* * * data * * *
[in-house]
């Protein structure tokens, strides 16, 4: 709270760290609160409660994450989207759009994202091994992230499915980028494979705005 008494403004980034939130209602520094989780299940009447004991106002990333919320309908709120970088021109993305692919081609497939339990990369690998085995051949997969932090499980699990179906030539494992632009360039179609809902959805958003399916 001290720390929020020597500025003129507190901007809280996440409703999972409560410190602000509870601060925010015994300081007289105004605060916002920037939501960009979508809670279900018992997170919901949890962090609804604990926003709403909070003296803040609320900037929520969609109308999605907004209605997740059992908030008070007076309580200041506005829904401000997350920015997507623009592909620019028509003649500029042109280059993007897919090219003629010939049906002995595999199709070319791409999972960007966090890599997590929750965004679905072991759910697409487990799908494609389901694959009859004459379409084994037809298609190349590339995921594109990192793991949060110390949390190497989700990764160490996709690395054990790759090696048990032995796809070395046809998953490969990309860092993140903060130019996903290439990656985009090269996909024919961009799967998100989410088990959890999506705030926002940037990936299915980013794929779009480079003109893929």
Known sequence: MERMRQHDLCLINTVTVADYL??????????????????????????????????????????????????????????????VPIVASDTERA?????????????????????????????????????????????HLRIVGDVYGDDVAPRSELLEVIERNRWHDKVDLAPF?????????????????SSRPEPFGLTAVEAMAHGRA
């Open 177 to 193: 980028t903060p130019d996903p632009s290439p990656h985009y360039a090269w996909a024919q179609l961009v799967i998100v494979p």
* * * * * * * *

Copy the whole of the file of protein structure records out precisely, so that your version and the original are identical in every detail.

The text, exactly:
[in-house]
């Protein structure tokens, strides 16, 4: 709270760290609160409660994450989207759009994202091994992230499915980028494979705005 008494403004980034939130209602520094989780299940009447004991106002990333919320309908709120970088021109993305692919081609497939339990990369690998085995051949997969932090499980699990179906030539494992632009360039179609809902959805958003399916 001290720390929020020597500025003129507190901007809280996440409703999972409560410190602000509870601060925010015994300081007289105004605060916002920037939501960009979508809670279900018992997170919901949890962090609804604990926003709403909070003296803040609320900037929520969609109308999605907004209605997740059992908030008070007076309580200041506005829904401000997350920015997507623009592909620019028509003649500029042109280059993007897919090219003629010939049906002995595999199709070319791409999972960007966090890599997590929750965004679905072991759910697409487990799908494609389901694959009859004459379409084994037809298609190349590339995921594109990192793991949060110390949390190497989700990764160490996709690395054990790759090696048990032995796809070395046809998953490969990309860092993140903060130019996903290439990656985009090269996909024919961009799967998100989410088990959890999506705030926002940037990936299915980013794929779009480079003109893929």
Known sequence: MERMRQHDLCLINTVTVADYL??????????????????????????????????????????????????????????????VPIVASDTERA?????????????????????????????????????????????HLRIVGDVYGDDVAPRSELLEVIERNRWHDKVDLAPF?????????????????SSRPEPFGLTAVEAMAHGRA
């Open 177 to 193: 980028t903060p130019d996903p632009s290439p990656h985009y360039a090269w996909a024919q179609l961009v799967i998100v494979p």